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It’s not often that window replacement tops a facility executive’s to-do list. After all, many windows last for decades. And replacing them is expensive. Most commercial windows start at several hundred dollars each; from there, prices can hit four figures — not including installation.
However, retaining a facility’s existing windows also can be expensive. Many older windows are single-pane and lack tints or coating. As a result, they can drive up energy bills by letting in heat during the summer and allowing ambient heat to escape during the winter. There is also the cost of maintenance for older window frames, especially wood ones.
Although new windows can pay off in energy and maintenance savings, it’s nearly impossible to state the typical payback a window replacement project might generate. That’s because of the number of variables — window type, weather, shape of the building and HVAC system — from one job to the next. “The return on investment is specific to every job,” says Robert Holcombe, window product manager with Kawneer.
Facility executives should understand the costs and benefits of different types of windows and replacement methods, and evaluate those in light of the condition of the building, the heating and cooling system, the climate, and the state of the existing windows. It’s often helpful to involve the building’s HVAC engineers in the discussion, says Chuck Lawrence, staff architect with Moduline Window Systems. Those engineers can calculate the amount and cost of energy lost through the windows and compare it to the improvement with replacement windows.
Two measures indicate how much energy is escaping through the windows. The U-value measures the rate of heat transfer through the window. In other words, it indicates the amount of heat lost or gained based on the temperature difference between the interior and exterior. The lower the U-value number, the better. The R-value is the inverse of the U-value, so the higher the R-value, the more the window resists heat flow.
One way to reduce energy loss is with insulation. Most windows today consist of two panes of glass with a pocket of air or an inert gas between them. “That buffer helps minimize heat loss and gain,” says Patrick Hooper, product marketing manager with Jeld-Wen Inc. When gas is used, it’s typically argon, which is nontoxic, clear and odorless.
The cost of windows with an air-filled gap typically is 3 to 7 percent less than argon, says Lawrence of VistaWall. However, air also is a less effective insulator than argon. In a few cases, krypton is used. It is more expensive but offers better thermal performance. Krypton may be a better choice when the space between the panes is very narrow.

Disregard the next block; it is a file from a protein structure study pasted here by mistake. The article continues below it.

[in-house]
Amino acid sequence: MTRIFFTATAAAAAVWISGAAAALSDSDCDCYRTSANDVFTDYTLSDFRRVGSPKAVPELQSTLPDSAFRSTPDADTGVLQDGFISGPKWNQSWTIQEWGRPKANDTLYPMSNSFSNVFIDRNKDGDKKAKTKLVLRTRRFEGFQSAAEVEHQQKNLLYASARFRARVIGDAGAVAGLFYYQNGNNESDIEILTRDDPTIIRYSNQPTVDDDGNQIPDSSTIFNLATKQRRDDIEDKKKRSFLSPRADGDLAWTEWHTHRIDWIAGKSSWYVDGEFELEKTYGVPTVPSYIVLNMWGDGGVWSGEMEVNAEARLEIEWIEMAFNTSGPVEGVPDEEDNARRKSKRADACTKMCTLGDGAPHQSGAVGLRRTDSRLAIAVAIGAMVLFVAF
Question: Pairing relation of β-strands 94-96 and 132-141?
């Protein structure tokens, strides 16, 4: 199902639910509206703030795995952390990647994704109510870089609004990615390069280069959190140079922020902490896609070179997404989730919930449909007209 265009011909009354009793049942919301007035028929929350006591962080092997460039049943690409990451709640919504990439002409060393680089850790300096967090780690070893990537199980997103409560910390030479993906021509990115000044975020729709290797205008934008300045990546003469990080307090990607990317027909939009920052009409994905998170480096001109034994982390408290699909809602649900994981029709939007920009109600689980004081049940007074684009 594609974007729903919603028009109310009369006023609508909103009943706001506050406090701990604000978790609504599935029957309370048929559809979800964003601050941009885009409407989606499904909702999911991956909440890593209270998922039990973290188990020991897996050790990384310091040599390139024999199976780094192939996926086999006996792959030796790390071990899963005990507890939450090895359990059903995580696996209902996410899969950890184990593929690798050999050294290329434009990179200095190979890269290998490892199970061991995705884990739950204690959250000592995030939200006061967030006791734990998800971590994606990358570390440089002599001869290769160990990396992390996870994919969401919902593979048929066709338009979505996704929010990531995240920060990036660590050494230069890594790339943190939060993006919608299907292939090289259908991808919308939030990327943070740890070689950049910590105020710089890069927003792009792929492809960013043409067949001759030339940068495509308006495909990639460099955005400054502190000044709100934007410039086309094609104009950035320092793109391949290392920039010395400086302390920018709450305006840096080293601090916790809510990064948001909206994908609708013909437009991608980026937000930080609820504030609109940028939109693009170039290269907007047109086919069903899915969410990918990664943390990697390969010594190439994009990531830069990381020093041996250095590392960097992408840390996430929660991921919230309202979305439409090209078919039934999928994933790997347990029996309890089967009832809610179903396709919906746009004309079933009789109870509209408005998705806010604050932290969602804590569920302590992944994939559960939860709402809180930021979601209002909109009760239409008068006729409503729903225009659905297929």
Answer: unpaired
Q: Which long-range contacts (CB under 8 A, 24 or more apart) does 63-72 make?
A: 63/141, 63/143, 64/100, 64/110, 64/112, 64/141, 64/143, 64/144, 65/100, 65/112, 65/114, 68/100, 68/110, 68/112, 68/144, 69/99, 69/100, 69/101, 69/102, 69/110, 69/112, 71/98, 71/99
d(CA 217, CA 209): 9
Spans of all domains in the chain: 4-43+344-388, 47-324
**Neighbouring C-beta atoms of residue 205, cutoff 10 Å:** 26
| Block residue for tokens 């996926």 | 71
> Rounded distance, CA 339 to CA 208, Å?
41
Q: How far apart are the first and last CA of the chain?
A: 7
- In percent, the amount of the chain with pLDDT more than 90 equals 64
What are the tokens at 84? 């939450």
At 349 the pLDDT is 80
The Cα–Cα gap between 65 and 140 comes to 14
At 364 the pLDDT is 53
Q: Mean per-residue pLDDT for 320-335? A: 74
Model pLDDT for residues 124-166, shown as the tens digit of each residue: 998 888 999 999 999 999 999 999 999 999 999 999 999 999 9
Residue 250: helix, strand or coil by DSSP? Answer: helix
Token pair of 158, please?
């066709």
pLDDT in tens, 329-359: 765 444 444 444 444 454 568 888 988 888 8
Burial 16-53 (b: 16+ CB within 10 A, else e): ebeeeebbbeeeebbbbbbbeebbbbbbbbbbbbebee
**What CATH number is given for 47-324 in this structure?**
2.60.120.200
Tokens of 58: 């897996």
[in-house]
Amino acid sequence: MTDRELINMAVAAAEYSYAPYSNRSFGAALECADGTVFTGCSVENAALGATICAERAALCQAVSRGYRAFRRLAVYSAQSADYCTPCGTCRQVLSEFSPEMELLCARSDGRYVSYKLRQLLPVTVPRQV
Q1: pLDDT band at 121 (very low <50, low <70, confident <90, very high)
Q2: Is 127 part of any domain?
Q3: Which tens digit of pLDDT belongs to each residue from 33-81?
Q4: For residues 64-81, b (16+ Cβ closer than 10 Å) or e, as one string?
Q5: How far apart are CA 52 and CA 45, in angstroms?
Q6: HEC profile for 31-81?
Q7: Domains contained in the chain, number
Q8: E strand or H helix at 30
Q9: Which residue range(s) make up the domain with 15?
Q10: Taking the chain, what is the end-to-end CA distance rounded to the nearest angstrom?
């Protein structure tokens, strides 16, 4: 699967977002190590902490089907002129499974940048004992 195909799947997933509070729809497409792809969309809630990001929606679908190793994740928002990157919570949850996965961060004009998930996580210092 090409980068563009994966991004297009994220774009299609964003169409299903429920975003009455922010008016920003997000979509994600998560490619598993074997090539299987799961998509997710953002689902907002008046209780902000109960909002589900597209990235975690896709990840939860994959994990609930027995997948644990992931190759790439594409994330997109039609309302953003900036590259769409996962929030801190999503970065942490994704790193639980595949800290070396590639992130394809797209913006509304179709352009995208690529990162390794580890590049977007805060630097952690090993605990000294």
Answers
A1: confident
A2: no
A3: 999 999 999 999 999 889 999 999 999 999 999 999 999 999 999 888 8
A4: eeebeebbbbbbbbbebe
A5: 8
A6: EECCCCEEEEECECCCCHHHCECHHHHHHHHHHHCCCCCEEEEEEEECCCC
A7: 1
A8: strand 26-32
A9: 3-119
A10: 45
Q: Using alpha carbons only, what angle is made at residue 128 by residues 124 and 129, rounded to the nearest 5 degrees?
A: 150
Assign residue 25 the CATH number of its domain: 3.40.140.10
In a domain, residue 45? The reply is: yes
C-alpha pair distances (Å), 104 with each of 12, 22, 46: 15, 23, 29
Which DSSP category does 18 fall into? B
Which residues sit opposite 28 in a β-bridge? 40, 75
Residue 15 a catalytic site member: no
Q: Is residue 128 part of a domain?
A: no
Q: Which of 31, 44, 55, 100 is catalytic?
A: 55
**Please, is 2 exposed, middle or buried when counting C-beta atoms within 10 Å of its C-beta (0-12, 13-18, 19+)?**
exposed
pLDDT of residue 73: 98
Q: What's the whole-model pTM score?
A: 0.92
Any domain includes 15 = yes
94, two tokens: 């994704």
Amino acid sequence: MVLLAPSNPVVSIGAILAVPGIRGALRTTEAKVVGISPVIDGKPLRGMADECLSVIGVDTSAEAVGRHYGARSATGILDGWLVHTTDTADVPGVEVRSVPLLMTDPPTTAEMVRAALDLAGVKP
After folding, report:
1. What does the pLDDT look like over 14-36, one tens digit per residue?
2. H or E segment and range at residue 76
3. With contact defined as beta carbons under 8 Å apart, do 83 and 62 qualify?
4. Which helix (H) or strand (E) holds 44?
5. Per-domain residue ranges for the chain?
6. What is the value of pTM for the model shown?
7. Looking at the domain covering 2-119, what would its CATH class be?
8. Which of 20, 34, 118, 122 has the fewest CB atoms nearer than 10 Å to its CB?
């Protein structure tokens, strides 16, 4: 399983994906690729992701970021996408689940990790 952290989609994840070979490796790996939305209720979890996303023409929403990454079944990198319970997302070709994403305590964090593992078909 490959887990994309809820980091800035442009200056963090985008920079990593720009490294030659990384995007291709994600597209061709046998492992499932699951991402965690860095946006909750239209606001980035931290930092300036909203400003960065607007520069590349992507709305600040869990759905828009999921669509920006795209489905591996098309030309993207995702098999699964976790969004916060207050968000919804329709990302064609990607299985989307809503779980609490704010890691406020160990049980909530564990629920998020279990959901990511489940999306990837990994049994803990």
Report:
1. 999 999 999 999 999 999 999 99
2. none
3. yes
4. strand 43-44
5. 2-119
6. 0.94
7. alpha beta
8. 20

Most commercial windows are either tinted or coated with a low-e metallic layer to improve thermal performance. Tinting and coating the window glass will also reduce visible light transmittance, says Holcombe.
Tinting, as the name implies, means applying a light color, often of bronze, grey, green or blue, to window glass. Tinting blocks a certain amount of the entire spectrum of sunlight entering a building. The amount depends on the color and density of the tint.
A low-e (low emissivity) coating consists of “very thin layers of metal deposited on the glass or films,” says Terry Ziemetz, commercial market manager with Pella Corp. “Low-e coatings have been engineered to let visible light pass through, but reflect infrared and ultraviolet rays.”
In the summer, a low-e coating can reflect solar heat, helping to keep the building cool. In the winter, a low-e coating can reflect ambient heat back into the building’s interior, cutting heat loss from conductance, says John Arnold, manager of security products and windows with Traco.
A low-e coating has another advantage: It allows daylight to enter the building. A building that makes greater use of daylight can see a payoff in lower lighting energy use. A tinted window, by contrast, will likely increase lighting costs. Between 20 and 55 percent of the energy costs in a building may go to lighting, depending on building type, Ziemetz says.
On the other hand, for some buildings in warmer climates, the shading provided by a tinted window may help keep the interior comfortable. There’s a price difference between the two methods, as well. Tinting typically adds about 10 percent to the cost of the window, while a low-e coating may bump up the price by about 33 percent, says Lawrence. The upshot? Facility executives should determine which methods will reduce energy and heat transmittance for their buildings most cost-effectively.
“It’s really driven by geography and aesthetics,” says Michael Klahr, Marvin’s business development manager in the Northeast with the firm of A.W. Hastings. “The decision to use a tint for energy purposes is more common in the south. A tint in the north is usually more of an aesthetic issue. Low-e coatings are fairly standard everywhere.”
Today’s window frames also hold up better than many older frames. Aluminum frames feature anodized finishes that resist scratching. Aluminum frames also are less prone to deterioration than wood.
Aluminum frames are less likely than steel to corrode, says Joe Ramuta, product manager with Wausau Windows. Corrosion can lead to air leakage.
Three types of aluminum finishes offer different levels of performance, says Arnold. Acrylic finishes are the least expensive. However, the color may fade or bleed into the surrounding brick over time. Depending on the climate, this can occur in less than a year, he says.
Fluorocarbon finishes — sometimes referred to as Kynar or polyvinylidene fluoride (PVDF) finishes — come in two varieties. The first is composed of a 50 percent fluoropolymer resin material. While more expensive than acrylic, it’s less prone to chalking and fading. The second, which contains 70 percent fluoropolymer resin, is even more resistant to chalking and fading. When choosing the finish, “think about how well you want to retain the integrity and color of the finish,” says Arnold.
Vinyl frames also are growing in popularity in the commercial market, says Hooper. One reason is their pliability, which makes them useful in custom-designed windows.
Today, fiberglass is also being used in window frames, offering good thermal resistance and reduced maintenance needs, Klahr says.